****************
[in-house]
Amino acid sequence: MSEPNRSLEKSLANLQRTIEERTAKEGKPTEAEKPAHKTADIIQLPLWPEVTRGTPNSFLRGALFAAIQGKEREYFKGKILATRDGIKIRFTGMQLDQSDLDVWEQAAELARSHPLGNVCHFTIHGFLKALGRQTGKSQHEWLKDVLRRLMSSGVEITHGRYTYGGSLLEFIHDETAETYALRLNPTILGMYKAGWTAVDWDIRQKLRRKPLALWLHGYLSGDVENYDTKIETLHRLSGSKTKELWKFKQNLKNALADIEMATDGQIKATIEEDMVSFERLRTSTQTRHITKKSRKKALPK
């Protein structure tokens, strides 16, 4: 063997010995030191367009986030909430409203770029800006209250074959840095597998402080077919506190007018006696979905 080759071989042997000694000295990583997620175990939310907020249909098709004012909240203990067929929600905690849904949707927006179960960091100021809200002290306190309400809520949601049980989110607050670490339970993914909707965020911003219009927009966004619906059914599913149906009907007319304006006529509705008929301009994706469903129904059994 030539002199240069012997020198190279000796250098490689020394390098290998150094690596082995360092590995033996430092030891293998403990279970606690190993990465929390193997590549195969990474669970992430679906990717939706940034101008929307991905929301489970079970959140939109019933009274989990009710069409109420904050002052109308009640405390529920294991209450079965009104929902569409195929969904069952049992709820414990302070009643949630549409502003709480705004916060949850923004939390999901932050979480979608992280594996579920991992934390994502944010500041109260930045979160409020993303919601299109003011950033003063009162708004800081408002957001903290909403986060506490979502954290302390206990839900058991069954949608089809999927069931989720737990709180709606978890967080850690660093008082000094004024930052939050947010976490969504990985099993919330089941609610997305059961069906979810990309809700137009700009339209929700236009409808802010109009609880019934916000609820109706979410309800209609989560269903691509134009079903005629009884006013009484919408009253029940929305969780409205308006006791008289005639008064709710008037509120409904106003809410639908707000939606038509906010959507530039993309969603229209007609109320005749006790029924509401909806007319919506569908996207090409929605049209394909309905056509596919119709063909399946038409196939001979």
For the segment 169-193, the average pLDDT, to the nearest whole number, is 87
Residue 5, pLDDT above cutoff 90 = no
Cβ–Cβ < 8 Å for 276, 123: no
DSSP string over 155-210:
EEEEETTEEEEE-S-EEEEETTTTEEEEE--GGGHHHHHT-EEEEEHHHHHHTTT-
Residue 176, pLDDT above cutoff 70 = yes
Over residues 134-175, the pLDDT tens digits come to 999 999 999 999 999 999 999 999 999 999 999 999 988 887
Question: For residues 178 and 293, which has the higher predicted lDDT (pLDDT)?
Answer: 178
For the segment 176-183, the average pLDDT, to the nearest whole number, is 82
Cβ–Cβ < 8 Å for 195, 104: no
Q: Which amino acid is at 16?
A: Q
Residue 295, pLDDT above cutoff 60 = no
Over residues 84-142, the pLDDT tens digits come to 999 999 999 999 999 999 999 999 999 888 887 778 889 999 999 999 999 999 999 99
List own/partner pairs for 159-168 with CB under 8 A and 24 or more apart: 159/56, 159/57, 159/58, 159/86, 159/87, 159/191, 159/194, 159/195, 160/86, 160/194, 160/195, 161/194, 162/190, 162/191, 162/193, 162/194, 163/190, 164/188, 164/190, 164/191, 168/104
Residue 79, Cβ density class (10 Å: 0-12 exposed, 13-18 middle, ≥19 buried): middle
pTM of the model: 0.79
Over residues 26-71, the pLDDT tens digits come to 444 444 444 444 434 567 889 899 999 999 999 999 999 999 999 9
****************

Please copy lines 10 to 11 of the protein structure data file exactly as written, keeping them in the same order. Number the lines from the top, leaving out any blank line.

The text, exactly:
Over residues 134-175, the pLDDT tens digits come to 999 999 999 999 999 999 999 999 999 999 999 999 988 887
Question: For residues 178 and 293, which has the higher predicted lDDT (pLDDT)?